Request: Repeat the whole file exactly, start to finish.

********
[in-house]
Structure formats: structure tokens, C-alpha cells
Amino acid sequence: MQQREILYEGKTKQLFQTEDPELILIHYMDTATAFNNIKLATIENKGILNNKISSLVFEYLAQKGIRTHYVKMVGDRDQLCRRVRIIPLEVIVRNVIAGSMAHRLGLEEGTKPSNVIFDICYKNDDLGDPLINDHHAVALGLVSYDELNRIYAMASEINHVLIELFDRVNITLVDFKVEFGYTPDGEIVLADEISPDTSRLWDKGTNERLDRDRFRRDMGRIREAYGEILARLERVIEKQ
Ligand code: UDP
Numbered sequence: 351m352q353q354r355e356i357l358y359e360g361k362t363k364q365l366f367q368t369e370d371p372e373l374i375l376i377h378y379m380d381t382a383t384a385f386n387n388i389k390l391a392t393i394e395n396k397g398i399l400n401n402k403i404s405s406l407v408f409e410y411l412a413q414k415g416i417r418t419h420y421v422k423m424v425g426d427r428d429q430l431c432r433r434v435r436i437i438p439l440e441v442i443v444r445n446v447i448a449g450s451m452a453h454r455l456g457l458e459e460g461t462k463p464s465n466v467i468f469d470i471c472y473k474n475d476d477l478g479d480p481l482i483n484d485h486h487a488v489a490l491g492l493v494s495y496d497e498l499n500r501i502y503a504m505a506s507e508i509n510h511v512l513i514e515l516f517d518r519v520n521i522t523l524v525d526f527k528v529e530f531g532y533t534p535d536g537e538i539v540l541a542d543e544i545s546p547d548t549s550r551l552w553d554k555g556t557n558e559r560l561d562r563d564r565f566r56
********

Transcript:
[in-house]
Structure formats: structure tokens, C-alpha cells
Amino acid sequence: MQQREILYEGKTKQLFQTEDPELILIHYMDTATAFNNIKLATIENKGILNNKISSLVFEYLAQKGIRTHYVKMVGDRDQLCRRVRIIPLEVIVRNVIAGSMAHRLGLEEGTKPSNVIFDICYKNDDLGDPLINDHHAVALGLVSYDELNRIYAMASEINHVLIELFDRVNITLVDFKVEFGYTPDGEIVLADEISPDTSRLWDKGTNERLDRDRFRRDMGRIREAYGEILARLERVIEKQ
Ligand code: UDP
Numbered sequence: 351m352q353q354r355e356i357l358y359e360g361k362t363k364q365l366f367q368t369e370d371p372e373l374i375l376i377h378y379m380d381t382a383t384a385f386n387n388i389k390l391a392t393i394e395n396k397g398i399l400n401n402k403i404s405s406l407v408f409e410y411l412a413q414k415g416i417r418t419h420y421v422k423m424v425g426d427r428d429q430l431c432r433r434v435r436i437i438p439l440e441v442i443v444r445n446v447i448a449g450s451m452a453h454r455l456g457l458e459e460g461t462k463p464s465n466v467i468f469d470i471c472y473k474n475d476d477l478g479d480p481l482i483n484d485h486h487a488v489a490l491g492l493v494s495y496d497e498l499n500r501i502y503a504m505a506s507e508i509n510h511v512l513i514e515l516f517d518r519v520n521i522t523l524v525d526f527k528v529e530f531g532y533t534p535d536g537e538i539v540l541a542d543e544i545s546p547d548t549s550r551l552w553d554k555g556t557n558e559r560l561d562r563d564r565f566r56